Why we’re proud to support women’s cycling

Women cycle far less than men, so Cycling UK is working to promote the activity for women
Cycling UK actively promotes women’s cycling, primarily through our Women’s Festival of Cycling. Are we going to apologise? Absolutely not, says Cycling UK chief executive Paul Tuohy

The facts are stark and indisputable: women cycle less than men in the UK.

Much less.

They make fewer trips by bike and cover far fewer miles.

And that’s why at Cycling UK we’re doing everything in our power to make cycling more appealing to women.

Through the month of July, we run the Women’s Festival of Cycling, a celebration that recognises those raising the profile of women who cycle, while aiming to show the appeal of riding a bike and debunk the myths that cycling is somehow inherently dangerous or impractical.

Are we going to apologise for that?

Absolutely not.

Women make up 50% of the population and yet cycle a quarter of the miles of men.

That’s inequality for you.

So when we’re challenged about why we’re not highlighting male cycling, it’s frustrating that we have to justify it.

Cycling in the UK is dominated by men. The vast majority of cycle journeys are made by men.

Anecdotal evidence suggests it. Official statistics prove it

And you only have to head to your nearest cycle shop to see the vast range of bikes and clothing tailored for men and compare it to the limited options for women.

Our Women’s Festival of Cycling empowers women to cycle.

Men do not require the same level of intervention.

Women make up 50% of the population and yet cycle a quarter of the miles of men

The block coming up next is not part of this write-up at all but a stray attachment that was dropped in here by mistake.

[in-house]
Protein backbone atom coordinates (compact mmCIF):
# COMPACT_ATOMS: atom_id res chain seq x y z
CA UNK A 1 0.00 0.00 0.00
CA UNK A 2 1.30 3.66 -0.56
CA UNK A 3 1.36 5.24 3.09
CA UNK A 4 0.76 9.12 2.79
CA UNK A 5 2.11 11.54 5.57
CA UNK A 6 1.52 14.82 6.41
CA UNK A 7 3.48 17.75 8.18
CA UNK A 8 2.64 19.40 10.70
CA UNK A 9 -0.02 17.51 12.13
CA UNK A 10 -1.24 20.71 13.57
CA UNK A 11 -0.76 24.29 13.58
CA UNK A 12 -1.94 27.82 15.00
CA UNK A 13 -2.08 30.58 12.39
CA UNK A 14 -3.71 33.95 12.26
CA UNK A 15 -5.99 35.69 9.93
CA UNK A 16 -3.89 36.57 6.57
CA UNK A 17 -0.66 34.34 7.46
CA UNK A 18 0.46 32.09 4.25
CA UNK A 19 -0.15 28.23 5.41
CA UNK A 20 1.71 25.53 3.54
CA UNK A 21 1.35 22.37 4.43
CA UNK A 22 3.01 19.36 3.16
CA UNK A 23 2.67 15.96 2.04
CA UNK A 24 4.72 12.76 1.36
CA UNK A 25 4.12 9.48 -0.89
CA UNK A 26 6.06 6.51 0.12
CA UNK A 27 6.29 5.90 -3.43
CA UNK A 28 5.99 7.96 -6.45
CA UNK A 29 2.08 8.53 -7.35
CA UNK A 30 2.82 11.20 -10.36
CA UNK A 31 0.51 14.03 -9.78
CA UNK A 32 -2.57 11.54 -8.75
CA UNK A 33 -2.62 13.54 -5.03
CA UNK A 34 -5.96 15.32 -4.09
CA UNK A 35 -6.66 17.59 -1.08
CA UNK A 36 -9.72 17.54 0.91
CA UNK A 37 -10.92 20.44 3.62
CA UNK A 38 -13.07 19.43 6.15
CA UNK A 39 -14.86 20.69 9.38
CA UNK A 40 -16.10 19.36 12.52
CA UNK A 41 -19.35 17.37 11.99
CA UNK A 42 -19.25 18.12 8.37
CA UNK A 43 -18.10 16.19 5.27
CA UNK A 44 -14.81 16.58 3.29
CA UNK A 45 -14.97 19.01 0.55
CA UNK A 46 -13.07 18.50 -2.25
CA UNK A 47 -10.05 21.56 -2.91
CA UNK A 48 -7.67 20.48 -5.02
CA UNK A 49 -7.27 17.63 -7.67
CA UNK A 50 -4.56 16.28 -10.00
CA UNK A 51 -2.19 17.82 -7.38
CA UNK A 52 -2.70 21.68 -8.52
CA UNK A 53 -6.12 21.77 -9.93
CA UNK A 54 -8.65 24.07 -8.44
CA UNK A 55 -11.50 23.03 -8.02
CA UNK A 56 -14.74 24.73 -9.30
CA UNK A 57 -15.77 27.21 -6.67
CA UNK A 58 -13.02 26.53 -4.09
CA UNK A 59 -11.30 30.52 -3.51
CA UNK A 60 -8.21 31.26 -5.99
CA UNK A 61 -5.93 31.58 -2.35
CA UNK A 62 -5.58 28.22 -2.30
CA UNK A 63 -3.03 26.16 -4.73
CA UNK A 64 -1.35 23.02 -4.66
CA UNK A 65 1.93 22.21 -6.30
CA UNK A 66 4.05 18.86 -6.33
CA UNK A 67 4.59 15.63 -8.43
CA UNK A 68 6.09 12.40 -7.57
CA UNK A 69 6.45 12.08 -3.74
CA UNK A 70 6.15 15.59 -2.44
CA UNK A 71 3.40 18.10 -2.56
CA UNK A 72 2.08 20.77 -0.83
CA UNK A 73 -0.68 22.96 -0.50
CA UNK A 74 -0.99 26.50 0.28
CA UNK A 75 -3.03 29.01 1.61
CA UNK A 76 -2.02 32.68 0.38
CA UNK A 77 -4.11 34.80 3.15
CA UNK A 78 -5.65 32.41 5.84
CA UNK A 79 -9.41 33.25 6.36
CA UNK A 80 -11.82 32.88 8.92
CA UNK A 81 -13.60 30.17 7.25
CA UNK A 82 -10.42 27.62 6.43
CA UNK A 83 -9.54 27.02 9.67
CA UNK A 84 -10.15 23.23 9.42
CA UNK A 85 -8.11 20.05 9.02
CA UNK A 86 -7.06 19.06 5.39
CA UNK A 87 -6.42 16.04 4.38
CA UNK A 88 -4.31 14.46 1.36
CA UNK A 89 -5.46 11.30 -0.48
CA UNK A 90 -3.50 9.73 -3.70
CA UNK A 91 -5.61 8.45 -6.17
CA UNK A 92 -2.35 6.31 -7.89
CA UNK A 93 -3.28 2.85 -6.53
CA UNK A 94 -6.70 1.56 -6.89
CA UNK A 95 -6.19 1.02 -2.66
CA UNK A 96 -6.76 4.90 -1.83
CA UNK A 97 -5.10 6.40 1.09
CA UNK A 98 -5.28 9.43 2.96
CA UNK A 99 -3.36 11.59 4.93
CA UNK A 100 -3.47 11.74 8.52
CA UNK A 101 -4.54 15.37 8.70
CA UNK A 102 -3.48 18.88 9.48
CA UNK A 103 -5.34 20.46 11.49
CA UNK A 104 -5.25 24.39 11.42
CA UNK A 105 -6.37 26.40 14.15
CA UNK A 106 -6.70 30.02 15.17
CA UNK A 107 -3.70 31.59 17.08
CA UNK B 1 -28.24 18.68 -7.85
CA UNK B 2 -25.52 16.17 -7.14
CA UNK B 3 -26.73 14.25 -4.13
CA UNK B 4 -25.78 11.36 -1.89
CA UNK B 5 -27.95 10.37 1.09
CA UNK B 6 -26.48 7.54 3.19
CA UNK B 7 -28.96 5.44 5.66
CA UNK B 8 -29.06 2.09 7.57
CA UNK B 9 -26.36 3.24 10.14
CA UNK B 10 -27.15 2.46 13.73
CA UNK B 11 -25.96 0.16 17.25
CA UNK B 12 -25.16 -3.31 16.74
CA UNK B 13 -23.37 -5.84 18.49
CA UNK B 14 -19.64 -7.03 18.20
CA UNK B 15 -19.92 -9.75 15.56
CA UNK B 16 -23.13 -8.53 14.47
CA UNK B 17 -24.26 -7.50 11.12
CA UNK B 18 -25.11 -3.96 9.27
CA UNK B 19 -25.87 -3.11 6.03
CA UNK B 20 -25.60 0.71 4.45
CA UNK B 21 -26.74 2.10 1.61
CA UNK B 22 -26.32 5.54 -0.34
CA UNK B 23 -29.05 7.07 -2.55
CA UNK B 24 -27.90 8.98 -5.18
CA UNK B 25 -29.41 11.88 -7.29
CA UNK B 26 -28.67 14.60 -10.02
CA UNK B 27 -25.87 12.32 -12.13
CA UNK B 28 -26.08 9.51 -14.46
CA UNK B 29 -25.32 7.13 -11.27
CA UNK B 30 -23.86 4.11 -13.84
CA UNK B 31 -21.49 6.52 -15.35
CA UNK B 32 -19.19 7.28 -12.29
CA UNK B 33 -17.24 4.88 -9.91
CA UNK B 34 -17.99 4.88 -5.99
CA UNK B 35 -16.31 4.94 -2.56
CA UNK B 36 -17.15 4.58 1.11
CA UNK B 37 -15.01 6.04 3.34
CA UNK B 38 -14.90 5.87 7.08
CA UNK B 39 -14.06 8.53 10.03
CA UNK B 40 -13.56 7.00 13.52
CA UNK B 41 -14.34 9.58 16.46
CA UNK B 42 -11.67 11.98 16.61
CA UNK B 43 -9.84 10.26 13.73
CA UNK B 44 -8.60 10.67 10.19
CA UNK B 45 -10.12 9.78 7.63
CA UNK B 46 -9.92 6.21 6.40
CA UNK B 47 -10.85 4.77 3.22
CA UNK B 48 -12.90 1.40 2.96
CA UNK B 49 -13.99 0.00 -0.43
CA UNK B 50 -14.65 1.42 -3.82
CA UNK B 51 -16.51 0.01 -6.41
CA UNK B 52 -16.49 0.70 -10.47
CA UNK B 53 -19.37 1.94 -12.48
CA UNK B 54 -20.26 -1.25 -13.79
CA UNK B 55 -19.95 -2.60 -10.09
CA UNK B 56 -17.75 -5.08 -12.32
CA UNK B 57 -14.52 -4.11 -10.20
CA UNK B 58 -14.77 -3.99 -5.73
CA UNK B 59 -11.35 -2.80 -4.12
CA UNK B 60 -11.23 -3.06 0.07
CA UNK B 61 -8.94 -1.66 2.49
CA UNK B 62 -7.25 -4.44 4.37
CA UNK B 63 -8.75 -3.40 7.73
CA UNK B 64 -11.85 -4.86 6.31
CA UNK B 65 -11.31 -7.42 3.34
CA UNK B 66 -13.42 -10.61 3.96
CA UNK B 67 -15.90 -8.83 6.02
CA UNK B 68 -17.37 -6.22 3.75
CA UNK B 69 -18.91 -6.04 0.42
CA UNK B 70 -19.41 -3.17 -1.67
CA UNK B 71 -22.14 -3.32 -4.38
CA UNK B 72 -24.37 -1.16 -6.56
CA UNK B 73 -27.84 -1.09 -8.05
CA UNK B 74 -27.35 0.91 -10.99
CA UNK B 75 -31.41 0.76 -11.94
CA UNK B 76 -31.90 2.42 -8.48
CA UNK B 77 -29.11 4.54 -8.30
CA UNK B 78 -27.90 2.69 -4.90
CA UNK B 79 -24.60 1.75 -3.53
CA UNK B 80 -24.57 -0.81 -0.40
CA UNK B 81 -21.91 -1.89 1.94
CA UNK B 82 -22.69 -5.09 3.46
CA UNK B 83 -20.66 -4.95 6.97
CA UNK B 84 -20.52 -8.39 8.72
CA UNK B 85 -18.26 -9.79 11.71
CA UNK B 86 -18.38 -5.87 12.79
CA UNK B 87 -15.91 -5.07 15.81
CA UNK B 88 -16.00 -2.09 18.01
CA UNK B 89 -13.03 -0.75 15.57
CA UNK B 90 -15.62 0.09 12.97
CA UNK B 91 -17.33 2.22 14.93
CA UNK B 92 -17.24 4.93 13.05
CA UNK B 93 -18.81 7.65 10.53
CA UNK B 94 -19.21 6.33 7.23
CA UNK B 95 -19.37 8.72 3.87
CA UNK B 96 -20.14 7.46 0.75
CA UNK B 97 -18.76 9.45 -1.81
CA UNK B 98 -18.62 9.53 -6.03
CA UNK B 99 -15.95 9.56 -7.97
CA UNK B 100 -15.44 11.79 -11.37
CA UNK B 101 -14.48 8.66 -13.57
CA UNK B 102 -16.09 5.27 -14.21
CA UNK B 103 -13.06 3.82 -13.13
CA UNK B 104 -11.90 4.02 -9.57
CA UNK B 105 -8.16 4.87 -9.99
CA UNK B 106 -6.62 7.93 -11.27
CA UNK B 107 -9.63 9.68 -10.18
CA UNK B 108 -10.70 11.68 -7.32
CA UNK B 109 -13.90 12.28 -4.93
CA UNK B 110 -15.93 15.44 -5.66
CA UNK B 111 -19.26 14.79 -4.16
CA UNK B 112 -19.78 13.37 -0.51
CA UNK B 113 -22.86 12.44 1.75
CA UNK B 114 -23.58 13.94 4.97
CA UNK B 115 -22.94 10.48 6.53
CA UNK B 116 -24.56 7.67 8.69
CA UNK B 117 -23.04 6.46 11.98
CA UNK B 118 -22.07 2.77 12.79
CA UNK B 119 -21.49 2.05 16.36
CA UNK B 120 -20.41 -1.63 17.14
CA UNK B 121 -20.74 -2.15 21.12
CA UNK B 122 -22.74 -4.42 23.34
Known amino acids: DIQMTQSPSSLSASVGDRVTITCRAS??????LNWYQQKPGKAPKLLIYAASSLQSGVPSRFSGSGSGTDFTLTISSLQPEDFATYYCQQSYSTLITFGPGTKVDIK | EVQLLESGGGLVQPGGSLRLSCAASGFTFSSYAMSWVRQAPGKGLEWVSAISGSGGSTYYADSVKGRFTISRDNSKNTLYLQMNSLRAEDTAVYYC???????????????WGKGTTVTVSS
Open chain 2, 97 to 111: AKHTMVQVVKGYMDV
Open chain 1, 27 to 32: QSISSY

Paul Tuohy, Cycling UK chief executive

The reasons behind this inequality were laid bare in a recent survey carried out by Cycling UK.

Our poll told us that 27% of women who were infrequent cyclists or who never cycled could be persuaded to cycle more by better infrastructure. A further 21% said they would cycle more if drivers were more considerate.

This backs up previous research which shows women have a greater fear that cycling is dangerous.

The same survey revealed that 85% of women cycle either less than once a month or never.

If you follow the natural logic, this could mean the next generation might miss out on one of life’s greatest pleasures.

If mothers think cycling is dangerous, they are unlikely to encourage their children – boys or girls – to cycle to school, or to ride at all.

Fewer women cycling could mean fewer children riding bikes

But all is not lost. We just have to look to Europe to see that it doesn’t have to be this way.

Dutch, German and Danish women cycle as often as men. In fact, in the Netherlands, women make 55% of all cycling trips.

We can redress this imbalance in the UK, but men need to play a part.

We know women are more likely to try riding a bike if they are supported by someone they know, a husband, boyfriend, father, brother, colleague or friend.

But why should we?

Because, ultimately, we want to see a million more people cycling whatever their age, sex, colour or background.

It’s just that some people need a greater boost to hop on their bikes than others.